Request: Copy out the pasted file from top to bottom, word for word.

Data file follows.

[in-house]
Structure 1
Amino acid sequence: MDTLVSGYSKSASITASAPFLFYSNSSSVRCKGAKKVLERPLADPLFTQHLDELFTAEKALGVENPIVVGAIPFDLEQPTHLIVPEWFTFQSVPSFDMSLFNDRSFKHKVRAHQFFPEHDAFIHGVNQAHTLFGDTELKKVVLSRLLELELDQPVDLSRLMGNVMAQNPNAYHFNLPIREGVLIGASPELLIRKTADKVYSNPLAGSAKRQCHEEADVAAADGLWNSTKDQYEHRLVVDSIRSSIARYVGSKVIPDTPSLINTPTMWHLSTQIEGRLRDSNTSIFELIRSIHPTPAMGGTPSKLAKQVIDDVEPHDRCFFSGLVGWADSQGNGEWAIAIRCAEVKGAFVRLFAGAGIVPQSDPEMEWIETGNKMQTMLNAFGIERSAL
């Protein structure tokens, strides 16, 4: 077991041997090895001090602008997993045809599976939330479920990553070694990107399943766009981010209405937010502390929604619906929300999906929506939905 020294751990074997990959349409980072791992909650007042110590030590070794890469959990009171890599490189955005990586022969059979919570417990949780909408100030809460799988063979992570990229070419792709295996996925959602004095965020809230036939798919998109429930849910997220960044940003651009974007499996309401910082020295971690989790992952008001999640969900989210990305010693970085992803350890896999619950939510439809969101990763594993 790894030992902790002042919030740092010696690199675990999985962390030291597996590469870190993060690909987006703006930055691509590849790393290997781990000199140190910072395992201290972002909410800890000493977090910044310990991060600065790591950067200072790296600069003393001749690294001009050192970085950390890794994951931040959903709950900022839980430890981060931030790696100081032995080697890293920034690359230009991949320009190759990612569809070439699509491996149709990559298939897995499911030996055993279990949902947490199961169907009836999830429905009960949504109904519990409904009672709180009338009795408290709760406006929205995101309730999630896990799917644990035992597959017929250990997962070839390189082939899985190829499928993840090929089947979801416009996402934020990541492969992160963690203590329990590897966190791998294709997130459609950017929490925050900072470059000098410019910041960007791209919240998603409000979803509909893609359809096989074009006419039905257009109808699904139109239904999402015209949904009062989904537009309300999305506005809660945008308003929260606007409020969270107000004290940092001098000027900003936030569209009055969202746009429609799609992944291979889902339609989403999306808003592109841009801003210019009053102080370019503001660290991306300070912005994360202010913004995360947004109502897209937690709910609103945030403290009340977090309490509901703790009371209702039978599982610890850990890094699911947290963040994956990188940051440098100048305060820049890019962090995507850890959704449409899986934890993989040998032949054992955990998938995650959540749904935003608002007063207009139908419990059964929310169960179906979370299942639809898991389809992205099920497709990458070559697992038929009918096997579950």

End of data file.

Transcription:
[in-house]
Structure 1
Amino acid sequence: MDTLVSGYSKSASITASAPFLFYSNSSSVRCKGAKKVLERPLADPLFTQHLDELFTAEKALGVENPIVVGAIPFDLEQPTHLIVPEWFTFQSVPSFDMSLFNDRSFKHKVRAHQFFPEHDAFIHGVNQAHTLFGDTELKKVVLSRLLELELDQPVDLSRLMGNVMAQNPNAYHFNLPIREGVLIGASPELLIRKTADKVYSNPLAGSAKRQCHEEADVAAADGLWNSTKDQYEHRLVVDSIRSSIARYVGSKVIPDTPSLINTPTMWHLSTQIEGRLRDSNTSIFELIRSIHPTPAMGGTPSKLAKQVIDDVEPHDRCFFSGLVGWADSQGNGEWAIAIRCAEVKGAFVRLFAGAGIVPQSDPEMEWIETGNKMQTMLNAFGIERSAL
């Protein structure tokens, strides 16, 4: 077991041997090895001090602008997993045809599976939330479920990553070694990107399943766009981010209405937010502390929604619906929300999906929506939905 020294751990074997990959349409980072791992909650007042110590030590070794890469959990009171890599490189955005990586022969059979919570417990949780909408100030809460799988063979992570990229070419792709295996996925959602004095965020809230036939798919998109429930849910997220960044940003651009974007499996309401910082020295971690989790992952008001999640969900989210990305010693970085992803350890896999619950939510439809969101990763594993 790894030992902790002042919030740092010696690199675990999985962390030291597996590469870190993060690909987006703006930055691509590849790393290997781990000199140190910072395992201290972002909410800890000493977090910044310990991060600065790591950067200072790296600069003393001749690294001009050192970085950390890794994951931040959903709950900022839980430890981060931030790696100081032995080697890293920034690359230009991949320009190759990612569809070439699509491996149709990559298939897995499911030996055993279990949902947490199961169907009836999830429905009960949504109904519990409904009672709180009338009795408290709760406006929205995101309730999630896990799917644990035992597959017929250990997962070839390189082939899985190829499928993840090929089947979801416009996402934020990541492969992160963690203590329990590897966190791998294709997130459609950017929490925050900072470059000098410019910041960007791209919240998603409000979803509909893609359809096989074009006419039905257009109808699904139109239904999402015209949904009062989904537009309300999305506005809660945008308003929260606007409020969270107000004290940092001098000027900003936030569209009055969202746009429609799609992944291979889902339609989403999306808003592109841009801003210019009053102080370019503001660290991306300070912005994360202010913004995360947004109502897209937690709910609103945030403290009340977090309490509901703790009371209702039978599982610890850990890094699911947290963040994956990188940051440098100048305060820049890019962090995507850890959704449409899986934890993989040998032949054992955990998938995650959540749904935003608002007063207009139908419990059964929310169960179906979370299942639809898991389809992205099920497709990458070559697992038929009918096997579950």